Even as you sit with the audience, it’s important to be mindful of your voice and gestures. As always, speak with a voice that’s loud and clear. A strong voice comes from the diaphragm, so maintain proper posture once you’re seated. Keep your back straight and your feet firmly on the ground. When you’re talking, you can lean forward slightly to show the audience that you’re engaging in a conversation with them. As you would in any presentation, maintain eye contact throughout. When taking questions, Schramm suggests that you can lean back into your chair to seem more approachable.

Conclusion

Regardless of the size of your audience, the goal of your presentation remains the same. You want to be able to communicate your ideas in the most efficient way possible.

When facing a small group, always be mindful of how you present yourself. You can still command authority and create an engaging atmosphere without the usual presentation set up.

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Reference

Schramm, JD. “How to Present to a Small Audience.” Harvard Business Review. August 20, 2014. Accessed October 14, 2014.

 

Featured Image: Sebastiaan ter Burg via flickr.com

Coming Up with a Presentation Design Concept

Designing an effective PowerPoint deck involves plenty of preparation. There’s obviously more to it than choosing a random template and then putting together a bunch of slides. Each color, picture, and font type you choose should be governed by a plan. In other words, every single element that goes into your slide should correspond to a specific concept.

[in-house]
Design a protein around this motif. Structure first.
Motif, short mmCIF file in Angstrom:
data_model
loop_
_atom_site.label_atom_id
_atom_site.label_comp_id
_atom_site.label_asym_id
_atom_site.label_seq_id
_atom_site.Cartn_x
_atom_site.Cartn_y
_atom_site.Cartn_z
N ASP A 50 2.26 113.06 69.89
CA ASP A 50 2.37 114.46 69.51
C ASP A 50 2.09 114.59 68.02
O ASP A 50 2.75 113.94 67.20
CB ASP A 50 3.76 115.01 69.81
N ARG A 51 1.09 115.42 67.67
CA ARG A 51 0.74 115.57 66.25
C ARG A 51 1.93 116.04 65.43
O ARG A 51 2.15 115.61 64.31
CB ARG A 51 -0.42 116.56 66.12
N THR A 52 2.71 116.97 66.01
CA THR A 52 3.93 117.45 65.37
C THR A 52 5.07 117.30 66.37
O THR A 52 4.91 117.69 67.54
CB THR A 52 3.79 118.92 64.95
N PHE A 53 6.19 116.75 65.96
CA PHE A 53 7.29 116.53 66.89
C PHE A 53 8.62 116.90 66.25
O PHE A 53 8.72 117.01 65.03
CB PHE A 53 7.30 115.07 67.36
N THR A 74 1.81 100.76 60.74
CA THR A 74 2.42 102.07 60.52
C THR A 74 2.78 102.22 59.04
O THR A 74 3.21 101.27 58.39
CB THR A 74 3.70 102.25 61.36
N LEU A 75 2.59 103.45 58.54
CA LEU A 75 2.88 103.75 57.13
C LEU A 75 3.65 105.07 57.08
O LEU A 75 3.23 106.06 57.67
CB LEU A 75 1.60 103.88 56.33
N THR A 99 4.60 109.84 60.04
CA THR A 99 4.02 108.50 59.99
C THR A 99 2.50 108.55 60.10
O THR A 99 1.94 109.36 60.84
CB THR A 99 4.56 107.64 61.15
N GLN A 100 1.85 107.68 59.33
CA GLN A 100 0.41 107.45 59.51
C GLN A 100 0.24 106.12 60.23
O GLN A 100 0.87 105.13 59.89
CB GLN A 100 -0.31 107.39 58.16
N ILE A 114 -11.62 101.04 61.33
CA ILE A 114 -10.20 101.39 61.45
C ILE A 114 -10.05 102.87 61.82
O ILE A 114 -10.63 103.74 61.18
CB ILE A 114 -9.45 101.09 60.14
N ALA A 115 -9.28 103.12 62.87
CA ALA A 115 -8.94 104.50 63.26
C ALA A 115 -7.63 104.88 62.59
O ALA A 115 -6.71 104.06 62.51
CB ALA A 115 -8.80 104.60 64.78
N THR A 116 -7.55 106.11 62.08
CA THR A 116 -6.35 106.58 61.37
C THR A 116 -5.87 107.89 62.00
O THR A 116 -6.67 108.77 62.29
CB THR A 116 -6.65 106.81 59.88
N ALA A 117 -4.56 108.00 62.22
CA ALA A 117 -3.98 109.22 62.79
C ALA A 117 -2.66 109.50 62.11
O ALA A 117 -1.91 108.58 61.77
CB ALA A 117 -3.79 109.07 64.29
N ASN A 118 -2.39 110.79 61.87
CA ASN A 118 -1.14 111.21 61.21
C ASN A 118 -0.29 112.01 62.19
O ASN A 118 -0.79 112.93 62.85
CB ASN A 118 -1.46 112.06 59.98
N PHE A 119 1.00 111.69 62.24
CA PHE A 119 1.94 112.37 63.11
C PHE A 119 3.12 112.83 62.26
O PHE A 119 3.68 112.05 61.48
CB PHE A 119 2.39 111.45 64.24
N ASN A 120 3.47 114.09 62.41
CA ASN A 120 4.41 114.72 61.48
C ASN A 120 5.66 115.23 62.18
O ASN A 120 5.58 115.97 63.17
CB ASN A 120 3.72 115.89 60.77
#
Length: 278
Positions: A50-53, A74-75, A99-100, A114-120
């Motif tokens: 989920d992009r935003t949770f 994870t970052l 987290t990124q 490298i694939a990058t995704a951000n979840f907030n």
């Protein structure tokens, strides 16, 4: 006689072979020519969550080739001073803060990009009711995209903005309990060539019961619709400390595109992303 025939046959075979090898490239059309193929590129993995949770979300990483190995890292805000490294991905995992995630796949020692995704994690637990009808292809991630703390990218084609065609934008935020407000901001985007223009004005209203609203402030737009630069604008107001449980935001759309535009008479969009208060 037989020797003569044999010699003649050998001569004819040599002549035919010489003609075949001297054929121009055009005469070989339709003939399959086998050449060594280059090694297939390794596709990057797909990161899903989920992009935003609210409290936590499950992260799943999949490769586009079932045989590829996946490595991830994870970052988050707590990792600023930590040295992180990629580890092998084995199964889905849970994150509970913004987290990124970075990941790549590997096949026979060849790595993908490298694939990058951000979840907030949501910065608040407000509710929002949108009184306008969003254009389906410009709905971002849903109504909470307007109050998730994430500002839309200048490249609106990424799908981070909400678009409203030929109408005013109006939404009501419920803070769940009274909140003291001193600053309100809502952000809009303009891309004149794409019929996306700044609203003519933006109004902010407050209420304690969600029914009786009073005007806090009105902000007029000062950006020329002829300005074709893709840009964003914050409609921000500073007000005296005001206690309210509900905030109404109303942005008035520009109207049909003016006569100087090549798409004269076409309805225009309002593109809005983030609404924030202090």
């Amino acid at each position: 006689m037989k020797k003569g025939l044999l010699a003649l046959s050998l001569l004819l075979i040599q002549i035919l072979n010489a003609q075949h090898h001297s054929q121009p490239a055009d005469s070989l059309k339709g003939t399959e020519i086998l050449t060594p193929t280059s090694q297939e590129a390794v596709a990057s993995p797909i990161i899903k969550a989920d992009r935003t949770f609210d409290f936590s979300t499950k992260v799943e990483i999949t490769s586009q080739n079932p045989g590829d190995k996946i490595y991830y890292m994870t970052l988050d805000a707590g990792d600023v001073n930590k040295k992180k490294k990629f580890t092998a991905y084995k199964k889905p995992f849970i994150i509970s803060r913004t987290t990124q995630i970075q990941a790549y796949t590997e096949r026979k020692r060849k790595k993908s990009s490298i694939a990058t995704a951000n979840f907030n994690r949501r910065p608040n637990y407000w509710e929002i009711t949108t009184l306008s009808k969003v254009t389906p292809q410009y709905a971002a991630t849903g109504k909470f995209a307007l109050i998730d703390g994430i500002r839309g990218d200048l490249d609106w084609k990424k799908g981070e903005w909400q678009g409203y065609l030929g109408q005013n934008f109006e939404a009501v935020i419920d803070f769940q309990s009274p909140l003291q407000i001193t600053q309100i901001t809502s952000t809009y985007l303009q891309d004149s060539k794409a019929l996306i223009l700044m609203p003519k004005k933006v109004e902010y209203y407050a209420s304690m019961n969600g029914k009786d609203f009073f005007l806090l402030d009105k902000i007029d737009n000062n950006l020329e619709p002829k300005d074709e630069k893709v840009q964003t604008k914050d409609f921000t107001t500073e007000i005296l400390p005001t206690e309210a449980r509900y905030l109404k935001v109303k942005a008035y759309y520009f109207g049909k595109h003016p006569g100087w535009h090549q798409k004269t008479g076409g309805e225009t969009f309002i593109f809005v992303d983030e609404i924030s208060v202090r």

This concept will direct all your design choices, leading you to a PowerPoint deck that elevates your core message. Think of it this way: If great design is the destination, a design concept is the map you’ll need to get there.

Conceptualizing Design

According to Vanseo Design, we can think of design concept in two different ways. The first is the verbal concept, where you let a particular message dictate your aesthetic. For example, you might want your PowerPoint deck to exude innovation and professionalism to match the software you’re pitching. This gives you a more abstract starting point nbut allows you to focus more clearly on the message of your presentation.

The next is the visual concept, where you start with a specific image or “look” in mind. For example, you might want to work around the different shades of blue or feature geometrical shapes prominently. While it may give you a concrete picture of your design, it might also be incoherent with the presentation you’re about to deliver. To be effective, a visual concept needs to be grounded by a specific message. It needs to be enhanced by a verbal concept to become a cohesive design plan.